After his celebrated literary debut, the short story collection The Sun on My Head, Geovani Martins returns with his much-awaited first novel.
In VIA ÁPIA, five young men have their lives shaken up when police raids Rocinha to install a UPP (Pacifying Police Unit), a war on drugs strategy championed by law enforcement. This is the inciting event for an ingenious narrative divided in three parts: the expectation around the raid; the raucous UPP installation; and the silent police departure, followed by the return of funk parties that shakes the favela ground. In short chapters with interspersed POVs, the narrator guides us through the life of brothers Washington and Wesley, and their friends Murilo, Biel, and Douglas — their passions, friendships, personal drama, ambitions, frustrations, dreams, and nightmares.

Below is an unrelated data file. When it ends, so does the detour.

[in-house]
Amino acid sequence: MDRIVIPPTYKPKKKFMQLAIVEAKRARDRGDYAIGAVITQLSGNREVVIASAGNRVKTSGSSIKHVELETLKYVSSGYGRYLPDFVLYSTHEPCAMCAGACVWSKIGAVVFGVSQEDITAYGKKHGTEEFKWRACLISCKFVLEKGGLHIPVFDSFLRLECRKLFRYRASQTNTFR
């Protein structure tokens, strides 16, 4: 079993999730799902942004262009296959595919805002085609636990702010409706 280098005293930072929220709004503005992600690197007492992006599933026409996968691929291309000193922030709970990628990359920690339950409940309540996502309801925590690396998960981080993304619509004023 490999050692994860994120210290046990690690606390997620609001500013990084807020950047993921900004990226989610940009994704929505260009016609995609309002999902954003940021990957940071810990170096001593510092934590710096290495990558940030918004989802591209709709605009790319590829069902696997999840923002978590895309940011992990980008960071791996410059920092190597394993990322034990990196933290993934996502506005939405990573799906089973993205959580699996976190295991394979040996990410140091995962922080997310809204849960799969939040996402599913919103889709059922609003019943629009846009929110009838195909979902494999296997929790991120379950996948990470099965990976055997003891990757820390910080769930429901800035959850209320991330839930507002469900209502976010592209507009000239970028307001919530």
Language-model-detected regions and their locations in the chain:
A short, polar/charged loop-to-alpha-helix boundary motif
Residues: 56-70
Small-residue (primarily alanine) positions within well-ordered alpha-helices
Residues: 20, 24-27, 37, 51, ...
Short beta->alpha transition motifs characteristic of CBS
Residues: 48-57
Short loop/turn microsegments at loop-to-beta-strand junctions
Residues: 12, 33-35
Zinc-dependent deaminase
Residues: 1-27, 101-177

With brilliant dialogue and a masterful narrative, Martins is also precise in his diagnosis of the perverse effects of the war on drugs. Sending its riot cops to Rocinha, the State seems to present a single answer to Brazil’s problems: death. Meanwhile, the answer of those who live there is quite different: life, always life, is what pulses through the favela.